The Ñancahuazú Guerrilla or Ejército de Liberación Nacional de Bolivia (National Liberation Army of Bolivia; ELN) was a group of mainly Bolivian and Cuban guerrillas led by the guerrilla leader Che Guevara which was active in the Cordillera Province of Bolivia from 1966 to 1967. The group established its base camp on a farm across the Ñancahuazú River, a seasonal tributary of the Rio Grande, 250 kilometers southwest of the city of Santa Cruz de la Sierra. The guerrillas intended to work as a foco, a point of armed resistance to be used as a first step to overthrow the Bolivian government and create a socialist state. The guerrillas defeated several Bolivian patrols before they were beaten and Guevara was captured and executed. Only five guerrillas managed to survive, including Harry Villegas, and fled to Chile.
|Part of the Cold War|
Che Guevara in Bolivia in 1967.
|Commanders and leaders|
Che Guevara |
Tania Bunke †
1 Argentine-Cuban (Che)
1 Argentine-German (Tania)
600 Bolivian Rangers|
|Casualties and losses|
|55 killed or captured||Unknown|
Che Guevara was committed to ending American imperialism, and he decided to travel to the Congo during its civil war to back the anti-capitalist guerrilla groups. Guevara's aim was to export the revolution by instructing local anti-Mobutu Simba fighters in Marxist ideology and foco theory strategies of guerrilla warfare. In his Congo Diary, he cites the incompetence, intransigence and infighting of the local Congolese forces as key reasons for the insurgency's failure. On 20 November 1965, in ill health with dysentery, suffering from acute asthma, and disheartened after seven months of frustrations and inactivity, Guevara left the Congo with the Cuban survivors (six members of his 12-man column had died). At one point, Guevara considered sending the wounded back to Cuba, and fighting in Congo alone until his death, as an ideological example. After being urged by his comrades and pressed by two emissaries sent by Castro, at the last moment, Guevara reluctantly agreed to leave Africa. In speaking about his experience in the Congo months later, Guevara concluded that he left rather than fight to the death because: "The human element for the revolution in the Congo had failed. The people have no will to fight. The revolutionary leaders are corrupt. In simple words... there was nothing to do." A few weeks later, when writing the preface to the diary he kept during the Congo venture, he began: "This is the story of a failure."
At a meeting in Madrid, Juan Perón, who was sympathetic to Guevara but disapproved of Guevara's choice of guerrilla warfare as antiquated, warned Guevara about starting operations in Bolivia.
...you will not survive in Bolivia. Suspend that plan. Search for alternatives. [...] Do not commit suicide.— Juan Perón to Che Guevara
Che Guevara entered Bolivia with the pseudonym "Adolfo Mena González" on 3 November 1966. Three days later, he left the capital city of La Paz for the countryside. He planned to organize a foco with Bolivia as his target. Planning to start a guerrilla campaign against the military government of President René Barrientos, he assembled a band of 29 Bolivians, 25 Cubans, and a few foreigners which included Guevara himself, one woman from East Germany named Tamara Bunke, and three Peruvians. This small but well-armed group carried out two successful ambushes against two army patrols in the spring of 1967, but failed to gain significant support from fellow opposition groups in Bolivia's cities or from local civilians, some of whom willingly informed the authorities of the guerrillas' movements.
Barrientos was very concerned with Guevara's rising insurgency, and clamped down in the area with some very heavy-handed measures (such as the San Juan massacre). Guevara felt that such an atrocity by the Bolivian Army and Air Force would be the tipping point in his favour in rallying the miners to his communist cause, but eventually the miners signed with government-owned mining company, COMIBOL, an agreement which Guevara felt undermined his reason for being there.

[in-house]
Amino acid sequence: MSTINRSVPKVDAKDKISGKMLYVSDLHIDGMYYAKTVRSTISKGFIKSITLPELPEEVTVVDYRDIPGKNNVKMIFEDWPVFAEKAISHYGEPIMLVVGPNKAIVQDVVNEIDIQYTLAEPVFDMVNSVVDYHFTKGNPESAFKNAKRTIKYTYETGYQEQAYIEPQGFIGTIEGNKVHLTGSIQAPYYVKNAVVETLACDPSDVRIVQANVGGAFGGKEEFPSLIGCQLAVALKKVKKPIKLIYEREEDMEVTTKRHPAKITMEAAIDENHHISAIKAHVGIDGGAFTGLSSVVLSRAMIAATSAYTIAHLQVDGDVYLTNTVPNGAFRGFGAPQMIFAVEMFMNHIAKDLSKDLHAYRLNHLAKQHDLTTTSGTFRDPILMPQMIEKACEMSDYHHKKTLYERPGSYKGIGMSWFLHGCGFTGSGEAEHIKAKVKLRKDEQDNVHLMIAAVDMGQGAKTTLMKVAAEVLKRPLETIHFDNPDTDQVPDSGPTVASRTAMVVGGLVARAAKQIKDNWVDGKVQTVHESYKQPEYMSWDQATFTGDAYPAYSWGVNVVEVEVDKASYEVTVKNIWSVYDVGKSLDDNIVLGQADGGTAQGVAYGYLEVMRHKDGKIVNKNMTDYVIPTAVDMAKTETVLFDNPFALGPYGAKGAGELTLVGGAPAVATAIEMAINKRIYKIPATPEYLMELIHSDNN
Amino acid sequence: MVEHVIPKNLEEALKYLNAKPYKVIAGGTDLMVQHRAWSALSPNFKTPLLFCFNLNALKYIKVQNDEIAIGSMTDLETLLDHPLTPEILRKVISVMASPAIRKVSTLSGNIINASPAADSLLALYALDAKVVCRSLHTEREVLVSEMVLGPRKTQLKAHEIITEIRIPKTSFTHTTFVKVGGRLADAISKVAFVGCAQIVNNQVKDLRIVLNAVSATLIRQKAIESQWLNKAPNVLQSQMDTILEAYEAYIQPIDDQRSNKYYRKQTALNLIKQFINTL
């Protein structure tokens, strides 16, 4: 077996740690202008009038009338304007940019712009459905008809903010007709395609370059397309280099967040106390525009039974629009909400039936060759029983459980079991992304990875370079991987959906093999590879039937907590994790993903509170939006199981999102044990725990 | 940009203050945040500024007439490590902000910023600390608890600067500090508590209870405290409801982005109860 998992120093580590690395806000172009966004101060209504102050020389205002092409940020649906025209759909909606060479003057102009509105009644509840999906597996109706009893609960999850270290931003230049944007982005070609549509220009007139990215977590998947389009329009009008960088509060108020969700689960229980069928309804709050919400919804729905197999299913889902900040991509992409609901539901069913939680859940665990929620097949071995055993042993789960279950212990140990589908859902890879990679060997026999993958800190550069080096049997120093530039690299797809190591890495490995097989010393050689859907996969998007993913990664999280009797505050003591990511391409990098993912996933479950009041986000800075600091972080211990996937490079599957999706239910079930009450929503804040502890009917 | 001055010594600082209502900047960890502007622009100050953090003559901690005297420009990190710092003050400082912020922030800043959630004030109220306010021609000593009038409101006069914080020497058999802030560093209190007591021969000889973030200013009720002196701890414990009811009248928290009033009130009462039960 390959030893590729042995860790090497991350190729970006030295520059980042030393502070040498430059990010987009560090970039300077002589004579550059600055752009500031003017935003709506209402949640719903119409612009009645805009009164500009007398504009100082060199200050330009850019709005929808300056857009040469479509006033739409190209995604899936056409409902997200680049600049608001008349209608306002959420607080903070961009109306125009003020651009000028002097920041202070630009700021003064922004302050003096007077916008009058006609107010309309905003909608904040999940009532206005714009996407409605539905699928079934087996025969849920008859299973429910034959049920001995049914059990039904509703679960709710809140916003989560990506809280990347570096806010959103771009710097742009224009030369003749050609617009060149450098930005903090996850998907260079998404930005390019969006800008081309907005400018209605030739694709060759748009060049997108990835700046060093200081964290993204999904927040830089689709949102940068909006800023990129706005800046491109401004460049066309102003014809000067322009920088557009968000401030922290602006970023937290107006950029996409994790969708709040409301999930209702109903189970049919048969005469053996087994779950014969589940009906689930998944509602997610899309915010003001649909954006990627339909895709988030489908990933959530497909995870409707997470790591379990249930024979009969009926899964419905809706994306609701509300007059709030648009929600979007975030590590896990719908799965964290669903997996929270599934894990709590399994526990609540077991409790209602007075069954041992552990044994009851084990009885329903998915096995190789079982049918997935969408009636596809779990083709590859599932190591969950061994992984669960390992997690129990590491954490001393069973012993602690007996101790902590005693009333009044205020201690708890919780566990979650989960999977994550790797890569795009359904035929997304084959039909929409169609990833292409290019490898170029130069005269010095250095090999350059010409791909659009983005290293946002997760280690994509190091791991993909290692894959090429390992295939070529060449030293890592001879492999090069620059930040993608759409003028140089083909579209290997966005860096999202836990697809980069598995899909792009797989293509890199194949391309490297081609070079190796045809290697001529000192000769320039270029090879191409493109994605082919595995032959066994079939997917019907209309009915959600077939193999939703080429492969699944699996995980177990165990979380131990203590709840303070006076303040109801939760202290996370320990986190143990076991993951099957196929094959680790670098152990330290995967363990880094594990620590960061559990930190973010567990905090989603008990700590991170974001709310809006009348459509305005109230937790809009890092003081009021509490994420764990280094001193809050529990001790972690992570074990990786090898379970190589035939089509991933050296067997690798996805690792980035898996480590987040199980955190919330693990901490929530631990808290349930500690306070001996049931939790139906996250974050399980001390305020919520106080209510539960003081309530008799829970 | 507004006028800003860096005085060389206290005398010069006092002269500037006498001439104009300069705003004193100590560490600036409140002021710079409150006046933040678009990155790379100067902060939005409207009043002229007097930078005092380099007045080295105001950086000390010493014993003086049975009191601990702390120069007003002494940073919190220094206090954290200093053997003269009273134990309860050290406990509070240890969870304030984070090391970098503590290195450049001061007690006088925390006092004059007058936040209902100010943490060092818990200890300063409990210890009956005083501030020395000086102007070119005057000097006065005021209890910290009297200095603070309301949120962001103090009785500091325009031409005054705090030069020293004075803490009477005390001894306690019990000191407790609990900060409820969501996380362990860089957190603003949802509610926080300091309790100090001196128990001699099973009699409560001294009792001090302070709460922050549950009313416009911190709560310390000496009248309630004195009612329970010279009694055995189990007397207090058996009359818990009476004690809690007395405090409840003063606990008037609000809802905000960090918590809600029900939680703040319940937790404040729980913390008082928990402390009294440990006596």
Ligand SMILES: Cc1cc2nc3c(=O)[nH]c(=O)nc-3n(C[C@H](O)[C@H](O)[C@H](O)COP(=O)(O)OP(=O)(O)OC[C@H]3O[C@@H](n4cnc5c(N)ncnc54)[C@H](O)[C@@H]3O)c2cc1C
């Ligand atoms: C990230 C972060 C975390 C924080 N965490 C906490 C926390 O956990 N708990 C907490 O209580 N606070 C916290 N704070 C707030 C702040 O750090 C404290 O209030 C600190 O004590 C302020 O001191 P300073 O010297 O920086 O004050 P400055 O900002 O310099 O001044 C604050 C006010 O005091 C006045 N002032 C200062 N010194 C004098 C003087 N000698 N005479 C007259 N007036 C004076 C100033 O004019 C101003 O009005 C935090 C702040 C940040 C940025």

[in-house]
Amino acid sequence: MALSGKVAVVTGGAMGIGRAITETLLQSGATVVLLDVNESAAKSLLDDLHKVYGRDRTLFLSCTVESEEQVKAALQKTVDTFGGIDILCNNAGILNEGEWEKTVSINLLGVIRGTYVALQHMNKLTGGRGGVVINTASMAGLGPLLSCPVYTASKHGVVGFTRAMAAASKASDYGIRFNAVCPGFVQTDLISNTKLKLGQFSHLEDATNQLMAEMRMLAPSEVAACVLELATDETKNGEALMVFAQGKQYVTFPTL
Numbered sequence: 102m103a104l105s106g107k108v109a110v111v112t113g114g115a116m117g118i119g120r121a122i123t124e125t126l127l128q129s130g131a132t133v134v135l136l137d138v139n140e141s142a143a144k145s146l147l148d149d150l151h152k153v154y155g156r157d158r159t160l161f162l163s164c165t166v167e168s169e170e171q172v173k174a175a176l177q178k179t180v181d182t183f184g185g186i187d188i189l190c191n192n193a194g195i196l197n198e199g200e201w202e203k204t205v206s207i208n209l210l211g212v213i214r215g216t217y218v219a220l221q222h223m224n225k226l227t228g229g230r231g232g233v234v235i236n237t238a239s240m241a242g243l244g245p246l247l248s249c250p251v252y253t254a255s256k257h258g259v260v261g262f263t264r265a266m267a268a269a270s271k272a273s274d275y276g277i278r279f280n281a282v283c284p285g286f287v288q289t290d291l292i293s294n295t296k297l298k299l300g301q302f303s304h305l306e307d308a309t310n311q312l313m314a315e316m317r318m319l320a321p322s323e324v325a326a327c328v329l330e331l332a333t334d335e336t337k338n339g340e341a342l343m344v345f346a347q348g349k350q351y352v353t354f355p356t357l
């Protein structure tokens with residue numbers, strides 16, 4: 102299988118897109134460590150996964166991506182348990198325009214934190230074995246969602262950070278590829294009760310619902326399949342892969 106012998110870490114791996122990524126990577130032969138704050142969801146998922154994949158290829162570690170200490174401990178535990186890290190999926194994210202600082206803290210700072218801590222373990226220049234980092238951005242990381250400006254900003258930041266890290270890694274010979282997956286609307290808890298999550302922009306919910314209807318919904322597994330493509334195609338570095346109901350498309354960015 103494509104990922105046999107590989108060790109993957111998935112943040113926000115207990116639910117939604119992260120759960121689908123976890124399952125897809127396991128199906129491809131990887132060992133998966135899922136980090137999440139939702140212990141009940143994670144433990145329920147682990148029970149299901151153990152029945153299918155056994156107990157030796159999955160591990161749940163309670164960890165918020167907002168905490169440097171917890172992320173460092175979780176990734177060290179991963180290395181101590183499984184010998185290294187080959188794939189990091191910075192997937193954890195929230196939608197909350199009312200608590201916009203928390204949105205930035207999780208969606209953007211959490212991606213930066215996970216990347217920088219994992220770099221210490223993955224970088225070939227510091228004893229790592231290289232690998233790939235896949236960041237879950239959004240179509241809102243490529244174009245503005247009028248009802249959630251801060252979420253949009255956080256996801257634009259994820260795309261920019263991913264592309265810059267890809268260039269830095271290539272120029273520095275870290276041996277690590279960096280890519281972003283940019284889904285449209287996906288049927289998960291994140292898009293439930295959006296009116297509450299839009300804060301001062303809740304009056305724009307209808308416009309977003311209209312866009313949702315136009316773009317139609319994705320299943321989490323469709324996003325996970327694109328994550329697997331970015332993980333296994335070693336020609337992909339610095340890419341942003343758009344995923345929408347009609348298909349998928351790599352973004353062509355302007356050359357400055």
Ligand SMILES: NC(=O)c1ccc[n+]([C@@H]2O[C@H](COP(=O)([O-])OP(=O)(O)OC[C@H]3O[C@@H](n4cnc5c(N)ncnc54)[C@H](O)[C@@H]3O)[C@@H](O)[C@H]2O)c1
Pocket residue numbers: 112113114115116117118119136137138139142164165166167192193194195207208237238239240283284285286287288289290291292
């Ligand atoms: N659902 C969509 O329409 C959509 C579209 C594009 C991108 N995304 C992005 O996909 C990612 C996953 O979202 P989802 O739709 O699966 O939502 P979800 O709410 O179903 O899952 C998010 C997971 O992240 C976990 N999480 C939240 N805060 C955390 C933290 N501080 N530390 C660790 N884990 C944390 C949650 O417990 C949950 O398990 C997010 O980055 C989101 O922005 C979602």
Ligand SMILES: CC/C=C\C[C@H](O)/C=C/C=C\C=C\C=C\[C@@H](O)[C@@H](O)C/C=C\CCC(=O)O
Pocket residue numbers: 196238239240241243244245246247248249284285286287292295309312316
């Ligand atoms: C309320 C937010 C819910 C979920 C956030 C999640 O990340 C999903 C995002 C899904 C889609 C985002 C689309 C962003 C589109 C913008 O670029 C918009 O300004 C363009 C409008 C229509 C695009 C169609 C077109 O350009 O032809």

As part of the operation, Tamara Bunke managed to infiltrate Bolivian high society to the point of winning the adoration of President René Barrientos and even going on holiday with him to Peru. Bunke used her position to relay intelligence to the guerrillas and act as their contact with the outside world. In late 1966, the unreliability of many of her comrades in the urban network set up to support the guerrillas forced her to travel to their rural camp at Ñancahuazú on a number of occasions. On one of these trips, a captured Bolivian communist gave away a safe house where her jeep was parked in which she had left her address book. As a result, her cover was blown, and she had to join Guevara's armed guerrilla campaign. With the loss of their only contact with the outside world, the guerrillas found themselves isolated.
By mid-1967, Guevara's men became fugitives, hunted down by Bolivian special forces and their American advisers. In the last few months of the venture, Guevara wrote in his diary that: "Talking to these peasants is like talking to statues. They do not give us any help. Worse still, many of them are turning into informants." The guerrillas suffered heavy losses in a series of clashes with the Bolivian Army. Constantly on the move and facing shortages of food, medicine, and equipment, Guevara's guerrillas were worn down and several desertions occurred. Units of the Bolivian Army's 4th and 8th Divisions cordoned off the general area where Guevara was operating, gradually encircling the guerrillas. The rough terrain of canyons, rolling hills with deep thorn-infested ravines, and thick vegetation hampered the army's search for the guerrillas, all the while the guerrillas kept moving, trying to find a way to escape from the encirclement.
On 31 August 1967, a small group of the guerrillas, totaling eight men as well as Tamara Bunke, were ambushed and killed by Bolivian soldiers as they attempted to cross the Rio Grande in Bolivia. On 26 September 1967, Guevara's band, which by then had been reduced to 22 guerrillas, entered the village of La Higuera, which they found almost deserted. There, Guevara discovered that the Bolivian authorities knew of his presence in the area when he found a telegram to the village mayor warning of the band's approach. As the guerrillas left the village, they fell into another Bolivian Army ambush and three more were killed. The guerrillas then fled two kilometers west into the rugged canyons of the area. Two more guerrillas deserted during the retreat.